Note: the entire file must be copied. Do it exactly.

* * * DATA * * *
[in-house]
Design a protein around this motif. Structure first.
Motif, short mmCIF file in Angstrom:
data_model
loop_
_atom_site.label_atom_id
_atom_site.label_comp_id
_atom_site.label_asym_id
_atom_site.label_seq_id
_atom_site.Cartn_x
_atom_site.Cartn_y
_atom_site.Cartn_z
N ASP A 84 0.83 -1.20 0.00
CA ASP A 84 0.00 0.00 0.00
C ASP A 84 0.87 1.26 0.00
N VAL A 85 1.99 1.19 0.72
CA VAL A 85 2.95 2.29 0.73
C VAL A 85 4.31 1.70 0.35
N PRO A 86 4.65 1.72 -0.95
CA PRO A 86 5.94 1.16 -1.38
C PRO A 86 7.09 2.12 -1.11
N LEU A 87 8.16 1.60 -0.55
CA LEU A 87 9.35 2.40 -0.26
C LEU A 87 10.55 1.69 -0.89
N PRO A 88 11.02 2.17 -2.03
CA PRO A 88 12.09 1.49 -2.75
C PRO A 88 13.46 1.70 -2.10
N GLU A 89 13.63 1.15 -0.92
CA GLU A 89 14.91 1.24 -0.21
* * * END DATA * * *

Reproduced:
[in-house]
Design a protein around this motif. Structure first.
Motif, short mmCIF file in Angstrom:
data_model
loop_
_atom_site.label_atom_id
_atom_site.label_comp_id
_atom_site.label_asym_id
_atom_site.label_seq_id
_atom_site.Cartn_x
_atom_site.Cartn_y
_atom_site.Cartn_z
N ASP A 84 0.83 -1.20 0.00
CA ASP A 84 0.00 0.00 0.00
C ASP A 84 0.87 1.26 0.00
N VAL A 85 1.99 1.19 0.72
CA VAL A 85 2.95 2.29 0.73
C VAL A 85 4.31 1.70 0.35
N PRO A 86 4.65 1.72 -0.95
CA PRO A 86 5.94 1.16 -1.38
C PRO A 86 7.09 2.12 -1.11
N LEU A 87 8.16 1.60 -0.55
CA LEU A 87 9.35 2.40 -0.26
C LEU A 87 10.55 1.69 -0.89
N PRO A 88 11.02 2.17 -2.03
CA PRO A 88 12.09 1.49 -2.75
C PRO A 88 13.46 1.70 -2.10
N GLU A 89 13.63 1.15 -0.92
CA GLU A 89 14.91 1.24 -0.21